Non-dairy options, meanwhile, often contain less than 10 calories and little sugar per serving, says Duncan. They’re typically lower in saturated fat, too.

To make sure your dairy-free creamer is quality, make sure the first ingredients on its ingredient list aren’t sugar or oil, Duncan recommends. (If you plan to add your own sugar, opt for a creamer that’s completely unsweetened.)

Ready to mix up your morning cup of Joe? These eight nutritionist-approved non-dairy creamers are everything you’ve wanted and more.

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Nut Pods Original Unsweetened Oat Creamer

Made with just oat milk, vegetable oils, and thickeners, this creamer keeps it simple. Though oat milk isn’t anything fancy, its natural sweetness and creamy texture have made it one of the most popular dairy-free coffee-enhancers out there right now, Duncan says. Nut Pods’ unsweetened option is a good one. 

Per tbsp: 10 calories, 1 g fat (0 g saturated), 0 g carbs, 0 g sugar, 0 mg sodium, 0 g fiber, 0 g protein


Califia Farms Original Better Half Coconut Cream & Almondmilk Creamer

This cleverly-named half-and-half from Califia Farms is made with almond milk and coconut cream for sweet flavor and thick, creamy texture. Since it’s fortified with calcium, you’ll also score a small amount of the bone-building mineral that dairy usually boasts about.

Per tbsp: 10 calories, 1 g fat (0.5 g saturated), 0.5 g carbs, 0.5 g sugar, 15 mg sodium, 0 g fiber, 0 g protein


Vital Proteins Vanilla Collagen Creamer

Some people find that adding collagen to their coffee really ups the froth factor (especially when blended). Made with collagen protein from grass-fed, pasture-raised cows and coconut milk powder, this creamer is a little higher in calories, but can add staying power to your morning sips.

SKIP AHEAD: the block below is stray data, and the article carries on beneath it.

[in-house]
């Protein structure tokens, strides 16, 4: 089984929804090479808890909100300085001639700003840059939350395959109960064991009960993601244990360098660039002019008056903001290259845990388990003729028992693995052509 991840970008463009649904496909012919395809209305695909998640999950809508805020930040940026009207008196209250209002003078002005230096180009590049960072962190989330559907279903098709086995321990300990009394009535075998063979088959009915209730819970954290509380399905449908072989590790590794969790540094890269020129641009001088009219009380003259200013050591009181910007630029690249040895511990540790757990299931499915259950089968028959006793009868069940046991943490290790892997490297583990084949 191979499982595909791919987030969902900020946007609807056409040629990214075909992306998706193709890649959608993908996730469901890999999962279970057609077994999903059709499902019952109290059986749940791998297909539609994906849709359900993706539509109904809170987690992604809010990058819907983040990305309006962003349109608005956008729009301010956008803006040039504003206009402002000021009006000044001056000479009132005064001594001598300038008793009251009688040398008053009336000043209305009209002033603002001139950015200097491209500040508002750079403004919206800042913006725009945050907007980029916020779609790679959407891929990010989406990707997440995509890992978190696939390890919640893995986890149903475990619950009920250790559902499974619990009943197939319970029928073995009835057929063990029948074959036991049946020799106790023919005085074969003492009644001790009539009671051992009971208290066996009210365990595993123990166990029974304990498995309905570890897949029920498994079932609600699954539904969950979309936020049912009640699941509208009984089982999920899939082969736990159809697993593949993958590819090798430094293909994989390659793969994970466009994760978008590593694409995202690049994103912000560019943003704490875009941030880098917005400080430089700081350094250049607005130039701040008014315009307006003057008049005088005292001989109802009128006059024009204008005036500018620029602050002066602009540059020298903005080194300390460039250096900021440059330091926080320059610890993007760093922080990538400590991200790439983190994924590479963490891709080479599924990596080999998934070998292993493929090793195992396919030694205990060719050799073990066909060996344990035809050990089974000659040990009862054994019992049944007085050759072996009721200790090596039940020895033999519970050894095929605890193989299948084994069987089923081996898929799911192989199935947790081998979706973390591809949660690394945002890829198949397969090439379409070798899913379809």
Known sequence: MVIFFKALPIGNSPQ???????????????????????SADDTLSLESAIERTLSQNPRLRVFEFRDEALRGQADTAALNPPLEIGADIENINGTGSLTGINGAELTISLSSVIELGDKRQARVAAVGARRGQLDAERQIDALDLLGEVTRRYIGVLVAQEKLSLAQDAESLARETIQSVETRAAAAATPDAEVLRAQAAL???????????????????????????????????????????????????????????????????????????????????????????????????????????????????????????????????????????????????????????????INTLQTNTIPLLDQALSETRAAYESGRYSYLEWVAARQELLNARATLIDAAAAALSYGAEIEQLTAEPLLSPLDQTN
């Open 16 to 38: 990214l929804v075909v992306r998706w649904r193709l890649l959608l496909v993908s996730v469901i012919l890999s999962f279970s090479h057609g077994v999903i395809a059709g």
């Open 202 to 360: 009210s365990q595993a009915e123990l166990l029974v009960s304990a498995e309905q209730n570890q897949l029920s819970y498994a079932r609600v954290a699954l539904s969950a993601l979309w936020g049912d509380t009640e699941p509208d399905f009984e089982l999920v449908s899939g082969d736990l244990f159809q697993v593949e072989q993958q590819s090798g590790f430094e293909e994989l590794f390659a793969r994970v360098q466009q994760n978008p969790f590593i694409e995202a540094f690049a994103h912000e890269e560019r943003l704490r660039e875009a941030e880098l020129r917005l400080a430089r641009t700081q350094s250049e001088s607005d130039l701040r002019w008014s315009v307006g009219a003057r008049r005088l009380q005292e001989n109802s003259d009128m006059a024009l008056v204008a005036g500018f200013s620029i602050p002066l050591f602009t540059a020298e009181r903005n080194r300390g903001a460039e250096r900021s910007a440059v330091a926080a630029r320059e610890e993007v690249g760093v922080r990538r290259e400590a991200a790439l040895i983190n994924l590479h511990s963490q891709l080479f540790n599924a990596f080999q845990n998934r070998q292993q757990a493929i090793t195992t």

Bonus: It’s Whole30-approved. 

Per tbsp: 70 calories, 4.5 g fat (4.5 g saturated), 2 g carbs, 0.5 g sugar, 28 mg sodium, 0 g fiber, 5 g protein


Nutiva Organic MCT Creamer

If you’re all about the Bulletproof coffee or keto life, this fat-fueled creamer is for you, Duncan suggests. It’s made from organic coconut oil, coconut milk powder, and coconut sugar. (Hope you like the taste of coconut.)  

Per tbsp: 40 calories, 3 g fat (3 g saturated), 1 g carbs, 1 g sugar, 0 mg sodium, 1 g fiber, 0 g protein


New Barn Barista Almondmilk Creamer

This almond milk is richer and creamier than most options, and contains a little cane sugar for just the sweetness your java needs.

“It may be sweetened, but it has a very simple ingredient list,” says Duncan. “Plus, it’s slightly lower in calories than the others.”

Per tbsp: 8 calories, 0.5 g fat (0 g saturated), 1 g carbs, 1 g sugar, 3 mg sodium, 0 g fiber, 0 g protein


Silk Original Dairy-Free Soy Creamer

Since Silk is such a mainstream brand, this dairy-free creamer is probably one of the easiest to find. It’s made with soy milk, sugar, oil, and thickeners, so it feels a little more indulgent than some of the other options, says Duncan.

Per tbsp: 20 calories, 1.5 g fat (0.5 g saturated), 2 g carbs, 1 g sugar, 0 mg sodium, 0 g fiber, 0 g protein


So Delicious Organic Dairy-Free Coconutmilk Creamer

Made with basically just coconut cream and water, this unsweetened creamer has big, sweet coconut flavor, says Duncan. You won’t even miss the sugar. 

Per tbsp: 15 calories, 1 g fat (1 g saturated), 0 g carbs, 0 g sugar, 10 mg sodium, 0 g fiber, 0 g protein


Ripple Original Plant-Based Half & Half

If you’re looking for an alternative to nut milk-based creamers, try this one, suggests Duncan. It’s made with just pea protein, oil, water, and thickeners. Though not the lowest-calorie option of the bunch, it contains zero grams of saturated fat—a plus for those watching their intake.

Per tbsp: 18 calories, 2 g fat (0 g saturated), 0 g carbs, 0 g sugar, 30 mg sodium, 0 g fiber, 0 g protein